Remember the Web in 1994? Lots of pictures of pet cats and long lists of people's favorite junk foods.
Podcasting is in the same place today as the Web was in 1994. These personal radio broadcasts, designed to be downloaded to an iPod or similar MP3 player, are homespun, rough-edged, and -- let's be honest -- not all that riveting.
Some of the best podcasts so far are recordings of speeches and roundtables from high-priced technology conferences; some of the worst are like eavesdropping on your next-door neighbors while they're making dinner and talking about their day. One of the most popular podcasts, produced by former MTV ''VJ" Adam Curry, last week included the kind of meandering, boring rant about airport security that you've heard from every person who has taken a flight in post-9/11 America. Yes, Adam, the security lines are a real hassle.
One problem is that, much like the Web before advertising and e-commerce, there's no money in podcasting yet. I doubt we would have seen Google, eBay, CNN.com, or Mapquest emerge if the Web had remained a commerce-free zone. Ads and transactions on the Web gave everyone an incentive to produce high-quality websites, from start-ups like eBay to giant media corporations like CNN to individuals like Harry Knowles, who runs the movie insiders' site Ain't It Cool News.
And some of the founding fathers of podcasting -- just like early Webbies -- want to keep commercialism out.
Dave Winer, along with Curry, developed the technology and standards that made podcasting possible. In 2003, while he was a fellow at Harvard's Berkman Center for Internet and Society, Winer helped produce some of the very first podcasts, with WBUR personality-in-exile Christopher Lydon. Last summer, Winer began producing podcasts of his own, which he views as essential to encouraging others to start podcasting. ''What people needed was podcasts that sounded amateur," not as though they'd aired on a National Public Radio station, Winer says.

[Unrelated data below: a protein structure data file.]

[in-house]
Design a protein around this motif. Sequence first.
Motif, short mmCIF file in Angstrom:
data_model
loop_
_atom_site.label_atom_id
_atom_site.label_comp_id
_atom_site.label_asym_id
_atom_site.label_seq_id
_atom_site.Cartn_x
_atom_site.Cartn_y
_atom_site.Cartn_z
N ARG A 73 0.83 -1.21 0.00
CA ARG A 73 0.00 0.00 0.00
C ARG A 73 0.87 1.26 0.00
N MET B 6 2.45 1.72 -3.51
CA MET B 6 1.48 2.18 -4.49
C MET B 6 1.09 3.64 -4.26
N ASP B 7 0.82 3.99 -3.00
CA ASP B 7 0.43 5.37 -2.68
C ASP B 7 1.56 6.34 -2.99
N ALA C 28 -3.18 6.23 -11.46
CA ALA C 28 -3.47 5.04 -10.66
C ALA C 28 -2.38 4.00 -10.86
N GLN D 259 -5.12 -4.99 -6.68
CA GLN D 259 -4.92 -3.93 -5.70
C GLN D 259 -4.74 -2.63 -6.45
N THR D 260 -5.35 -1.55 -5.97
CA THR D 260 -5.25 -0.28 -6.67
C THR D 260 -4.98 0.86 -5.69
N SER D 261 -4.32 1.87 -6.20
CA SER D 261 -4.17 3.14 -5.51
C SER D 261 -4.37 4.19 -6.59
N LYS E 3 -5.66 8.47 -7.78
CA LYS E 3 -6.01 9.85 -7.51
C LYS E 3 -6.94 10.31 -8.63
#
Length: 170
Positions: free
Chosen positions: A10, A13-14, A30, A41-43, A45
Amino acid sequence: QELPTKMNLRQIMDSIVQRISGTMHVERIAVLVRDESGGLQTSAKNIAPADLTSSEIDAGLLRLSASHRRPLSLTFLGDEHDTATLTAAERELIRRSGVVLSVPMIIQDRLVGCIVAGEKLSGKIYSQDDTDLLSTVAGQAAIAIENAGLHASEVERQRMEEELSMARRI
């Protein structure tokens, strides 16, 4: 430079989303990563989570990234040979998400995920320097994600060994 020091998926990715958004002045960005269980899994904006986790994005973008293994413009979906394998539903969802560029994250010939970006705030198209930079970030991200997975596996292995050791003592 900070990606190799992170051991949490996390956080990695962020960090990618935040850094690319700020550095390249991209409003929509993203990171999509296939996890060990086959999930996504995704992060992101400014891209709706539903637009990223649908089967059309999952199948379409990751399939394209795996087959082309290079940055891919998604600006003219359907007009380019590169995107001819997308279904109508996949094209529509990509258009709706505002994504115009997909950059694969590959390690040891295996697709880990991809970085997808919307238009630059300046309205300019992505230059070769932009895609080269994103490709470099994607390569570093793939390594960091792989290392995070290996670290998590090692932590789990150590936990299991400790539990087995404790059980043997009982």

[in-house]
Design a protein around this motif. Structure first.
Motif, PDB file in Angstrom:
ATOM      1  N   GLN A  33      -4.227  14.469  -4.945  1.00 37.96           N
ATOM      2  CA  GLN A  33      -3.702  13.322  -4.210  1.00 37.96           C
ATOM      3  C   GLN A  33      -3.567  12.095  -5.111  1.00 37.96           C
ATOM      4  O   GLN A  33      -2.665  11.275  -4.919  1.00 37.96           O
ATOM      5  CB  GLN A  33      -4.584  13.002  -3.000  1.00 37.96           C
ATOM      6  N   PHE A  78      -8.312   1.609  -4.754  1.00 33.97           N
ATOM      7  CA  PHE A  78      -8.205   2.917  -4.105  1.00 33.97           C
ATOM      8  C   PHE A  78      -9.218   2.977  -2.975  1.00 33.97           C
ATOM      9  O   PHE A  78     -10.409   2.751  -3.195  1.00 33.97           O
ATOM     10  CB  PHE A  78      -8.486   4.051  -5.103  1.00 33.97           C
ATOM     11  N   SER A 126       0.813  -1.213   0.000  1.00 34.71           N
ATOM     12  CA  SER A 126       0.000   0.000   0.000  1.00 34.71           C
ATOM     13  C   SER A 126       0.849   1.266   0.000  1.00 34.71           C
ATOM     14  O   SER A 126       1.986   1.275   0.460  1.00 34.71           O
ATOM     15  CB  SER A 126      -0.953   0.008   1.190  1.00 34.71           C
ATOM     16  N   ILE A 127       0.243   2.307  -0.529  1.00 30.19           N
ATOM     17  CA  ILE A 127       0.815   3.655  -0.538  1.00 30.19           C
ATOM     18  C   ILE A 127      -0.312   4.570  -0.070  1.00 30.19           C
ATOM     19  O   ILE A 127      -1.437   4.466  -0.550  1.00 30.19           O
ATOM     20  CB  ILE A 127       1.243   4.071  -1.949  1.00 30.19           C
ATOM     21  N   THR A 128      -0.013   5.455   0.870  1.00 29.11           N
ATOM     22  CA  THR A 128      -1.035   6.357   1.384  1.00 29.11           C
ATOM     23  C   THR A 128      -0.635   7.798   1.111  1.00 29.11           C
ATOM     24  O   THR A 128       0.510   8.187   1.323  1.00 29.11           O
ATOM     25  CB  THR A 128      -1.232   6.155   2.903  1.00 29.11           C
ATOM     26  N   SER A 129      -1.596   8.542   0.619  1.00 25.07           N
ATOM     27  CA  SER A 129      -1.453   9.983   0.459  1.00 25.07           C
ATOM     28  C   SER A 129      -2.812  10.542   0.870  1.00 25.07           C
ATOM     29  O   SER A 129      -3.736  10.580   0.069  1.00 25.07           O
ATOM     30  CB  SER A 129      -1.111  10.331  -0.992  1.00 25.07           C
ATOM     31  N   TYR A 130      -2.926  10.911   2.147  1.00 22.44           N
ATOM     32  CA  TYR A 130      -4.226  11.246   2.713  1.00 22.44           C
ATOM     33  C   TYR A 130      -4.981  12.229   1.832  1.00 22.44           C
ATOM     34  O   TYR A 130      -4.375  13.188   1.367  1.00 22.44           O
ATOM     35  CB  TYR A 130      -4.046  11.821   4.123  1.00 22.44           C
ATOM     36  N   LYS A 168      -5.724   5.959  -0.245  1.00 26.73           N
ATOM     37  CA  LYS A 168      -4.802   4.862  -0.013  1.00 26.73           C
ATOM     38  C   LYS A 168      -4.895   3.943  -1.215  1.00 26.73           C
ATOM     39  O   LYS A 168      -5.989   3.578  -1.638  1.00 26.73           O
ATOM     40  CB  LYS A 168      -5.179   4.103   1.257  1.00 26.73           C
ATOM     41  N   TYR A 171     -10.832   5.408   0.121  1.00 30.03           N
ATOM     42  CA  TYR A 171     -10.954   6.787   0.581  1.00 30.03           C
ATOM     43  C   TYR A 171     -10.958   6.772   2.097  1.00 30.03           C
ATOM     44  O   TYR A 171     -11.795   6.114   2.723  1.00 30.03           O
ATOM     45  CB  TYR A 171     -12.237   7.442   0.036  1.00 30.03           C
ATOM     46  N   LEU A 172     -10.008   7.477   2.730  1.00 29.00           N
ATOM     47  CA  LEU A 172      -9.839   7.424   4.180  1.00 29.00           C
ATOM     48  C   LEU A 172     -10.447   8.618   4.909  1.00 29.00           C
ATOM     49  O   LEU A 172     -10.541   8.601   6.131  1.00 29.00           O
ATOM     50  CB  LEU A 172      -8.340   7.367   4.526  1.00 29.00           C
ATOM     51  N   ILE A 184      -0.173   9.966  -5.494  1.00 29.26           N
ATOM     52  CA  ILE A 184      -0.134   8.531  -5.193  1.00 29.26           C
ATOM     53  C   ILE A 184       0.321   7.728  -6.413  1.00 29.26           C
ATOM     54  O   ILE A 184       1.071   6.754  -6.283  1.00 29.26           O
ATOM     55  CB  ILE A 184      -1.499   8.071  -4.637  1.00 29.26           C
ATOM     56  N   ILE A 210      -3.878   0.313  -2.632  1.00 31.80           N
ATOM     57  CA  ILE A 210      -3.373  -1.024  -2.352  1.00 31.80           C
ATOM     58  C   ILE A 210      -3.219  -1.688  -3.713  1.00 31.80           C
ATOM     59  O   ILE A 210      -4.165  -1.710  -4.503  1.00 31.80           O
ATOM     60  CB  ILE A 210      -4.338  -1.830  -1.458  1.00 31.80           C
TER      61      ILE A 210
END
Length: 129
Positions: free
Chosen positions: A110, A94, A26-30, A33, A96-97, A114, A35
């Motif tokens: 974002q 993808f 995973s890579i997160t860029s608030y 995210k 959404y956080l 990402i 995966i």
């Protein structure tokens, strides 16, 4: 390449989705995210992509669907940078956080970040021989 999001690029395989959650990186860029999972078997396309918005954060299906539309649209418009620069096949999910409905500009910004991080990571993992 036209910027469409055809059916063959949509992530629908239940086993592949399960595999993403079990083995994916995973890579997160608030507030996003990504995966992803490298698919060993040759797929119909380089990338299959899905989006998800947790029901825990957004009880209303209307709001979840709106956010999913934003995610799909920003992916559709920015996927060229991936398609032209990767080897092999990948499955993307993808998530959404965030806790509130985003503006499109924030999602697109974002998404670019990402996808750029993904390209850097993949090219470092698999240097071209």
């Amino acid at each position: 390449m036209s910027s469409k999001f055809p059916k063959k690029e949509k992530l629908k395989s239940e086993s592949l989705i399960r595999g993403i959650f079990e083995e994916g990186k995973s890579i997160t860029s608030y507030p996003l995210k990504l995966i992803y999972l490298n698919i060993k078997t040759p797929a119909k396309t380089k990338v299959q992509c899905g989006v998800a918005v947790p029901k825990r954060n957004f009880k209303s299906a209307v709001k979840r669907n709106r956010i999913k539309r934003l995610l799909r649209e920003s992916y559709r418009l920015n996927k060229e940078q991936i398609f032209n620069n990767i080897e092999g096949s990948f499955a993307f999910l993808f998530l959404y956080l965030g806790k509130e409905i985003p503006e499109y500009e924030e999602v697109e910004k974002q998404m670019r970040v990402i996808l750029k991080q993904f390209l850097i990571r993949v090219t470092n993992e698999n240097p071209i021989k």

When I suggested to Winer that podcasting might be supported by ads, like commercial radio, or sponsorship, like public radio, or subscription, like satellite radio, he had a quick comeback. ''The assumption is this must be exactly like every other medium that has come before," he says. ''It's different. It has different economics."
It's true that it's much cheaper to decide to become a podcaster than to open up your own WEEI, or launch your own constellation of satellites. But there are still costs involved, and they grow as you attract more listeners.
Benjamen Walker is an independent radio producer in Cambridge who used to work for WBUR. His half-hour documentary show, ''Theory of Everything," is heard each week by 1,500 people who ''subscribe" to his podcast, and it is also broadcast on a handful of radio stations, like Boston College's WZBC and WCAI on Cape Cod. He pays $49.95 each month for the Internet bandwidth required to support his podcasts; that's $600 a year for the privilege of distributing his podcast, which has dealt with topics like the changing face of Kenmore Square.
Walker has been thinking about producing a ''pledgecast," to ask his regular listeners to help defray some of his costs. He believes that most podcasters don't have large enough audiences to interest advertisers. ''I would love to have a sponsor, and put one 30-second ad at the top of the show," he says. ''That wouldn't bother me at all. But I just don't see it, until the numbers really get higher." (WGBH, another local public radio station, did sell a sponsorship in January for its ''Morning Stories" podcast, which is a ''digital rebroadcast" of content that was originally produced for radio.)